How much do trust your bank or other institutions that have access to your financial and personal information? It may be time that all Canadians ask themselves this important question. This is a major issue in today’s world. We are living in the Information Age, and with all the technological advances we experience daily, having access to any kind of information is literally at yours and everybody else’s fingertips.
This paper will focus on one of the most significant issues in the news recently that have sparked national interest, which is the issue of Privacy Laws in Canada, specifically within the Banking industry. Privacy issues have taken centre stage in Canada in recent weeks with the public’s attention focused on the major privacy breach at the Canadian Imperial Bank of Commerce. As of February 4, 2005, CIBC is now facing a $9 million class action lawsuit from customers whose confidential RRSP and other personal and financial information was made public. A Toronto law firm has filed the suit in the Ontario Superior Court of Justice, after revelations that CIBC had been faxing thousands of their client confidential personal information to unauthorized third-parties and individuals, including a now-famous junkyard in West Virginia. The suit alleges CIBC sent client and other applications over unsecured fax lines to the junkyard between 2002 and 2004 .
The documents contained highly personal information including names, addresses, phone numbers, social insurance numbers, bank accounts, GIC numbers and amounts, as well as client credit information. One of people that received this information was a businessman from West Virginia. Over the past two years, he identified more than 350 Canadian phone numbers that have sent faxes to his fax machine, all of which he believes are CIBC branches.
He claims he advised the CIBC of the problem several times, but the faxes continued to come . These CIBC clients entrusted the bank with their sensitive personal information in order to feel secure and to obtain the peace of mind that their financial affairs were protected by a well respected Canadian Bank. The financial information dealt particularly with RRSP plans and other investments which the clients rely on and save for in their retirement years. Rather than bringing them peace of mind that their financial affairs were protected, thousands of people now find that their sensitive information has carelessly been disclosed to unauthorized third-parties and possibly many other random unauthorized civilians. The clients involved have no means of determining how wide the distribution of their information is. Adding to the already existing worries of banking clients, digital form signatures have now become a concern.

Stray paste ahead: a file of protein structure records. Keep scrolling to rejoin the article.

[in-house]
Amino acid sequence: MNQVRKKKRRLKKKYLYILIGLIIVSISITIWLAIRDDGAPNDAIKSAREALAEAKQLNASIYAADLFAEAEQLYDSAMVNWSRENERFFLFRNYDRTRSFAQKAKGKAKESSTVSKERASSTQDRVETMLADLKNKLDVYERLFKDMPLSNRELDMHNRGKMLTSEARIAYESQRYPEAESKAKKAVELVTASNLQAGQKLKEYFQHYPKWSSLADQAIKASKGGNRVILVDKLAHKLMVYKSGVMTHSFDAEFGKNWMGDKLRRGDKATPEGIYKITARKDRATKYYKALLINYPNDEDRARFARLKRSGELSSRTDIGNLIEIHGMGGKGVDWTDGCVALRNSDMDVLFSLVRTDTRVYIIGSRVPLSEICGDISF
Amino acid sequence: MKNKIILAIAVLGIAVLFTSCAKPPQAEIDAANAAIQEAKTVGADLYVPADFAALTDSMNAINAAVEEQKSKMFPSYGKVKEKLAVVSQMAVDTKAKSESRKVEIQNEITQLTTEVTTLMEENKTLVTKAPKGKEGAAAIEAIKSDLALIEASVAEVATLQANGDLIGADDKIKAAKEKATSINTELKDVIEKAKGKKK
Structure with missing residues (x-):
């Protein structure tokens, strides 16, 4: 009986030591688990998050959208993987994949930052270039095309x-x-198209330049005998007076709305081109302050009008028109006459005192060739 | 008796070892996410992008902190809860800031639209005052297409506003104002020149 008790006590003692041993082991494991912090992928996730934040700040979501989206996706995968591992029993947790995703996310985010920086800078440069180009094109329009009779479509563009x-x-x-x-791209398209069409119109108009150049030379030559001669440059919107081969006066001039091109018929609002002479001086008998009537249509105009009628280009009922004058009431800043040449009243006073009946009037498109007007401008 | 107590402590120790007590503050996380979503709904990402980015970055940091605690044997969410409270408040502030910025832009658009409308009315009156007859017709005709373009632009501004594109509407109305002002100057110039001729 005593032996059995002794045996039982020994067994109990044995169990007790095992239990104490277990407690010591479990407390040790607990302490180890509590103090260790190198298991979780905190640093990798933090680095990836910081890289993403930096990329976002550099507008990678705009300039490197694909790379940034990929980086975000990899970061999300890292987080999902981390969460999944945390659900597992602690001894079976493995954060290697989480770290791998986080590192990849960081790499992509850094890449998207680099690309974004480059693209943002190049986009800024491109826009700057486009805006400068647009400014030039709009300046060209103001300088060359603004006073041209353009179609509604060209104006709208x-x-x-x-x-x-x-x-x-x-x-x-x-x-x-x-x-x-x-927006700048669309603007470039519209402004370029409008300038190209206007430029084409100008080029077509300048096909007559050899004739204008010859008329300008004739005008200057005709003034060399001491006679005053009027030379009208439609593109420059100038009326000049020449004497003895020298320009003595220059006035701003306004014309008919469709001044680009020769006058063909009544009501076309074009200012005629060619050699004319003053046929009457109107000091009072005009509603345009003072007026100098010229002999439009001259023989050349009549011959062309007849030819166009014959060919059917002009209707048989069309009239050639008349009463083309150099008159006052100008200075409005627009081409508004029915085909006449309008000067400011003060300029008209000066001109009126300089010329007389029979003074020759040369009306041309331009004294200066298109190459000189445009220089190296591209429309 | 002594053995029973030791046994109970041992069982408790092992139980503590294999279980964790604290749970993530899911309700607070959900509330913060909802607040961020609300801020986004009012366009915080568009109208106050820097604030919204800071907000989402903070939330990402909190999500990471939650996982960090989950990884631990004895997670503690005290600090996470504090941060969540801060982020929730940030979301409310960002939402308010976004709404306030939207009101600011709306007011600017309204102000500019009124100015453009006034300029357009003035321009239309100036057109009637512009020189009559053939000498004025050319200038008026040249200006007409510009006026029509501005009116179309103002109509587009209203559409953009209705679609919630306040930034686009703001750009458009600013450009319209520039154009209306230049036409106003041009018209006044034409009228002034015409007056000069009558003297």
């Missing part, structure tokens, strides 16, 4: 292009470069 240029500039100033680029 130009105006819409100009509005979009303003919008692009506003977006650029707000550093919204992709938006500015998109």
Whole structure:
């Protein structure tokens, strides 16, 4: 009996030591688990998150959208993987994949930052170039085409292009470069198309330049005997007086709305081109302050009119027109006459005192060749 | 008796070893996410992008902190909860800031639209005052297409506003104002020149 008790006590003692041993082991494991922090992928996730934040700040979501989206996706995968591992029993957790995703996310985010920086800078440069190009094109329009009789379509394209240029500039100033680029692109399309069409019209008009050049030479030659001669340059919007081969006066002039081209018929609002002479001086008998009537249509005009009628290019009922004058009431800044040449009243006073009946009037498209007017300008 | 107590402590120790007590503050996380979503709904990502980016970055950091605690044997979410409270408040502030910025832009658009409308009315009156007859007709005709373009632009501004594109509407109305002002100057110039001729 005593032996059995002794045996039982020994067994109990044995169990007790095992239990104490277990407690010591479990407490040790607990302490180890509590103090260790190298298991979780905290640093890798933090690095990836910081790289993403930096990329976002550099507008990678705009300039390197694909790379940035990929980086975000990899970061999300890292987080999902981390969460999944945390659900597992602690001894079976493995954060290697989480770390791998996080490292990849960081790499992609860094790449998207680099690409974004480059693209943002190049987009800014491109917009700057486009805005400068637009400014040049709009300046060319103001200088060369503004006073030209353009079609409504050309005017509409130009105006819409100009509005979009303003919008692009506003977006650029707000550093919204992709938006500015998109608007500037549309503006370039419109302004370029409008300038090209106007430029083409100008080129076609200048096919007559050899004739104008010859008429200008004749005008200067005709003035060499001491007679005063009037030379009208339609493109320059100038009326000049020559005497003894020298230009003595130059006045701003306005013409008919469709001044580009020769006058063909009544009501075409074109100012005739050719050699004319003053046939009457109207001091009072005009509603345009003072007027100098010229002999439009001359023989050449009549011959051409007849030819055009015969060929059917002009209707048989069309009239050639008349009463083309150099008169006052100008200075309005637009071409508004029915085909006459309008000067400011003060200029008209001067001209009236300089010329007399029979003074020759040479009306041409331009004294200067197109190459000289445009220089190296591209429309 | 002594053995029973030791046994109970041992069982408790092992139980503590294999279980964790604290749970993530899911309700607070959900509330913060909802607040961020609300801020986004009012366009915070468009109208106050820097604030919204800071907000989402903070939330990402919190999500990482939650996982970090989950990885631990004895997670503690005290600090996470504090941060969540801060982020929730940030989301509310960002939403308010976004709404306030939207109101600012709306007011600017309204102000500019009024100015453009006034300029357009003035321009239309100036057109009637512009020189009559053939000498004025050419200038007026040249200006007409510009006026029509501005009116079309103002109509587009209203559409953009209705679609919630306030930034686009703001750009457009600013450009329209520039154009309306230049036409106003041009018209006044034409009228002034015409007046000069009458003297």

Any of the information disseminated is potentially very dangerous if it happens to fall in the wrong hands. The clients of the bank now will be required to incur ongoing costs to monitor their credit ratings, bank accounts, and RRSP accounts, and have to be on alert at all times because of the potential for identity thefts. Banks are in the business of providing financial and investment services to its clients.
All banks have a duty of care to their customers to treat their sensitive personal information with confidentiality, and to prevent its disclosure to any unauthorized people. This breach of duty occurred through the negligence of the bank or its employees, for whom the bank is ultimately liable. All information collected by the bank is personal and sensitive information of the clients as defined in the Personal Information Protection and Electronic Documents Act (PIPEDA) of 2002.
The bank is subject to PIPEDA, and is required to implement its strategies towards protection and privacy . Under this act, the clients’ have a right to privacy and security of their personal information. In addition to this, it is also important to note that the Act includes such areas as protection, security, application and enforcement of privacy policies of customer information for all employees within the bank and with whomever outside the bank the information is authorized to. A 2004 interview with CIBC Senior Manager of Consumer and Small Business Services, Bob Atkinson stated the banks position on privacy and implementation. In response to a question that asked if there are any Privacy Guidelines implemented with the bank’s third-parties, he responded “Of course we do our homework on the companies we do business with.